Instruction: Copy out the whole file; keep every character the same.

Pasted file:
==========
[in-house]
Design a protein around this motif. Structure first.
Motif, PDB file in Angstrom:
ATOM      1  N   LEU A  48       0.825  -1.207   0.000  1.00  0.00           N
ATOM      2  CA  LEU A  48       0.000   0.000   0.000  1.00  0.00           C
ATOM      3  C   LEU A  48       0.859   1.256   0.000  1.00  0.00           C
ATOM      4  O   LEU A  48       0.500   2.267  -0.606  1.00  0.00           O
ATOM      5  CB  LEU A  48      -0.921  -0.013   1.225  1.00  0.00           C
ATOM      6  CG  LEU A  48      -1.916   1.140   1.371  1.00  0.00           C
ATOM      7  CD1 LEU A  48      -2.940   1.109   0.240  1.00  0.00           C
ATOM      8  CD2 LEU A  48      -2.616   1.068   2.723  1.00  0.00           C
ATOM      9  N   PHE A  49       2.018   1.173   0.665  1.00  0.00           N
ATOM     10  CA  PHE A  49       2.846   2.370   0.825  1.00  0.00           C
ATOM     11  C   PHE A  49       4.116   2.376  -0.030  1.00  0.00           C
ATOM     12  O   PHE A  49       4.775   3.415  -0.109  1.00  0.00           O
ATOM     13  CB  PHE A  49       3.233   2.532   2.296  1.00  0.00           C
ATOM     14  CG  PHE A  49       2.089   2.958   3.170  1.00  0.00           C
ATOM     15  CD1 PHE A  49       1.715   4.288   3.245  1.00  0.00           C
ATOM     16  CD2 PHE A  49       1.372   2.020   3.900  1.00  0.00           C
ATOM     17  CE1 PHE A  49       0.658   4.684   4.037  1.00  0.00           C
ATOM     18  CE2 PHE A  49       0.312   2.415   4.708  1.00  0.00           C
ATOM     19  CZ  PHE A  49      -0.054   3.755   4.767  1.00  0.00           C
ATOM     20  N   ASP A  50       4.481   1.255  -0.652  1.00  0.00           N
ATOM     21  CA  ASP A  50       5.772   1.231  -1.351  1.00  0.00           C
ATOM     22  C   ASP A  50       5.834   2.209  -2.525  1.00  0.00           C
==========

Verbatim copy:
[in-house]
Design a protein around this motif. Structure first.
Motif, PDB file in Angstrom:
ATOM      1  N   LEU A  48       0.825  -1.207   0.000  1.00  0.00           N
ATOM      2  CA  LEU A  48       0.000   0.000   0.000  1.00  0.00           C
ATOM      3  C   LEU A  48       0.859   1.256   0.000  1.00  0.00           C
ATOM      4  O   LEU A  48       0.500   2.267  -0.606  1.00  0.00           O
ATOM      5  CB  LEU A  48      -0.921  -0.013   1.225  1.00  0.00           C
ATOM      6  CG  LEU A  48      -1.916   1.140   1.371  1.00  0.00           C
ATOM      7  CD1 LEU A  48      -2.940   1.109   0.240  1.00  0.00           C
ATOM      8  CD2 LEU A  48      -2.616   1.068   2.723  1.00  0.00           C
ATOM      9  N   PHE A  49       2.018   1.173   0.665  1.00  0.00           N
ATOM     10  CA  PHE A  49       2.846   2.370   0.825  1.00  0.00           C
ATOM     11  C   PHE A  49       4.116   2.376  -0.030  1.00  0.00           C
ATOM     12  O   PHE A  49       4.775   3.415  -0.109  1.00  0.00           O
ATOM     13  CB  PHE A  49       3.233   2.532   2.296  1.00  0.00           C
ATOM     14  CG  PHE A  49       2.089   2.958   3.170  1.00  0.00           C
ATOM     15  CD1 PHE A  49       1.715   4.288   3.245  1.00  0.00           C
ATOM     16  CD2 PHE A  49       1.372   2.020   3.900  1.00  0.00           C
ATOM     17  CE1 PHE A  49       0.658   4.684   4.037  1.00  0.00           C
ATOM     18  CE2 PHE A  49       0.312   2.415   4.708  1.00  0.00           C
ATOM     19  CZ  PHE A  49      -0.054   3.755   4.767  1.00  0.00           C
ATOM     20  N   ASP A  50       4.481   1.255  -0.652  1.00  0.00           N
ATOM     21  CA  ASP A  50       5.772   1.231  -1.351  1.00  0.00           C
ATOM     22  C   ASP A  50       5.834   2.209  -2.525  1.00  0.00           C